The Sweet Life
by Jennifer Mogensen
Meet David Simpson - once a nomad, next a waiter, now proprietor of Dolci
David Simpson, owner of Dolci Bakery and Gelateria, has packed more into his 35 years than most of us will even try to accomplish in a lifetime. His boyish charm, coy smile, and black apron covered in cake flour belie his intense drive and passion. He has held more than two dozen jobs, lived in nearly a dozen states, is the father of three young children, and owns a successful business. He certainly knows how to keep busy.
Born in Bakersfield, California, Simpson spent his childhood moving around the Midwest, never staying in one place for too long. His nomadic lifestyle was due largely to his parents’ less-than-legal profession. “To make it through [that lifestyle], you have to learn to be a chameleon,” he says.
Simpson’s life seems to have cosmically come together, the pieces of the puzzle simply falling into place. It started when he lived in San Francisco and met a woman who was from Buffalo. As the familiar story goes, he followed his heart from West to East and landed here in 1999. While working as a server at some of the city’s finest eateries, Simpson noticed a niche that he felt he could fill. He took note that the restaurant he was serving at ordered gelato from an outside source. He thought it could be better, and it could be local, but at the time there was no one in Buffalo making the deliciously creamy Italian variant of ice cream.
Simpson began experimenting. With no formal training as a pastry chef (his college degree is actually in applied sciences, but that’s another story completely), he began mixing ingredients in his kitchen. As it turned out, he had a hidden talent for the art of gelato-making. He is serious when he says, “I consider ice cream to be one of the major food groups.”
Here is where fate plays a fantastic role in the story. Several years earlier, in 2001, Simpson had attended a spiritual retreat in San Diego, where he met a man by the name of Richard Buccleu. The two men became best friends. Simpson returned to Buffalo but kept in close contact with Buccleu over the ensuing years.
One day in 2006—the exact date of the revelation was actually May 5—while making gelato at home, Simpson had an idea. “It just came to me, I wanted to open a gelateria,” he says. He shared his idea with Buccleu and a plan began to take form. Buccleu, who derives the majority of his income from successful real estate ventures in Sante Fe, agreed to invest in what would be Buffalo’s first gelateria, as soons as Simpson found a location.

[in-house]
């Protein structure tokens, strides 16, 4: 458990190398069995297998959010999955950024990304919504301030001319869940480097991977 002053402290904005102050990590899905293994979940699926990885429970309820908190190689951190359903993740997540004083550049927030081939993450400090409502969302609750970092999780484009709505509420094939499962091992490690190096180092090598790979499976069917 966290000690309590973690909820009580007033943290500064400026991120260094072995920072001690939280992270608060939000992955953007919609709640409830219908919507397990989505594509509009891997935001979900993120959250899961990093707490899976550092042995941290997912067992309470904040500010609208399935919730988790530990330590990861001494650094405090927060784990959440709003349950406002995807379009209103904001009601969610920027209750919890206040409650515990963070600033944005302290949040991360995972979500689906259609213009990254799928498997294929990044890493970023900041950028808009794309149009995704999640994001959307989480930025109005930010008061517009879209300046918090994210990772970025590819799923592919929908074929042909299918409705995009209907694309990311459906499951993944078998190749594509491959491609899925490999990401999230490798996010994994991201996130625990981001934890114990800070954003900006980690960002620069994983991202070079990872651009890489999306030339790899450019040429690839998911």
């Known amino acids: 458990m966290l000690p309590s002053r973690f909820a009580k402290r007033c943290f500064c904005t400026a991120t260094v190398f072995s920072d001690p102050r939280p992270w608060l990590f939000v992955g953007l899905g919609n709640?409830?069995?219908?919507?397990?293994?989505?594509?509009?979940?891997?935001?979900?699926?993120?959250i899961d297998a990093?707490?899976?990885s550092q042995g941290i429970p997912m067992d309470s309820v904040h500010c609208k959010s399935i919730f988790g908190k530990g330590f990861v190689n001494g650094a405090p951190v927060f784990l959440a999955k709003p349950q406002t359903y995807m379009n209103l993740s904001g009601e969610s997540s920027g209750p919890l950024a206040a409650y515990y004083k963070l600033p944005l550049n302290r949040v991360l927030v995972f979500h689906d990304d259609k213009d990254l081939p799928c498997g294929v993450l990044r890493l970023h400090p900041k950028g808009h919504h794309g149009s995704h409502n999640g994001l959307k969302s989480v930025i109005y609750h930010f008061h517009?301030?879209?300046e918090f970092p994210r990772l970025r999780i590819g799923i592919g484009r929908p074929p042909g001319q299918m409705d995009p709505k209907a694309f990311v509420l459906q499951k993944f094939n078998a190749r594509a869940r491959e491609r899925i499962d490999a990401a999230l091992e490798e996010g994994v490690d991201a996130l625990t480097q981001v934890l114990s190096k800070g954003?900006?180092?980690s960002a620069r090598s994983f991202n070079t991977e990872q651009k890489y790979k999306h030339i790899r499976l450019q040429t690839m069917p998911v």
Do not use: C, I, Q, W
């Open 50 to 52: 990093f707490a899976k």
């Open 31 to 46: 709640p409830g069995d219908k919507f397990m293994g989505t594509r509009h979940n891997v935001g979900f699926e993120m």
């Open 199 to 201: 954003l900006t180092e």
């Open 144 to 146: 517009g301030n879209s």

After months of research on Simpson’s part, Buccleu introduced him to another man who shared their spiritual beliefs and lived in Buffalo. Simpson sought out this man and came to learn that his wife, ironically—or cosmically—was a baker at Dolci.
Situated on the corner of Elmwood and Breckenridge, the venerable bakery was for sale. The location was perfect but the business wasn’t an immediate fit. “We had no intention of owning a bakery, none,” Simpson says, laughing. Nonetheless, with Buccleu’s financial backing, Simpson purchased Dolci. He now faced the task of re-inventing the bakery and incorporating his gelato business.
Apparently he as figured it out. Dolci has been growing under Simpson’s watch. While he maintained the bakery operation, he added his gelato and took on commercial accounts. It wasn’t long before he began to outgrow the space hidden behind the swinging doors at Dolci. Unable to expand at the current location, he found additional space on Rhode Island Street and moved the gelato production to that location. Shortly thereafter, he found yet another storefront and Grant Street and opened a second bakery under the Dolci name.
He takes all this motion in stride. After all, he is used to moving around.
At Dolci, Simpson is the entrepreneur, manager, and bookkeeper. “I am Dolci,” he says with a tired smile. His days can run as long as 15 hours and he rarely takes a day off. Simpson admits to feeling overwhelmed at times but feels fortunate to have gained the success he now enjoys.
He is not even close to finished. He continues to expand the business and has big plans for the future. While the mainstays of Dolci are cakes, tarts, and cookies, Simpson has added breads and soups to his repertoire and is considering incorporating a café-style atmosphere and menu.
If Simpson weren’t operating one of the most successful bakeries in Buffalo, he would be gazing at the sky. His dream job is to be a particle physicist or an astronomer. But meantime he keepsg his feet planted on the ground and his hands churning gelato.
Dolci, at 732 Elmwood Avenue and 205 Grant Street, is open every day of the year, though Simpson jokes that he may close on Groundhog Day this year. Dolci offers custom cakes, including wedding cakes, and cookie trays for the holidays. For more information, visit www.dolcibakery.com.blog comments powered by Disqus
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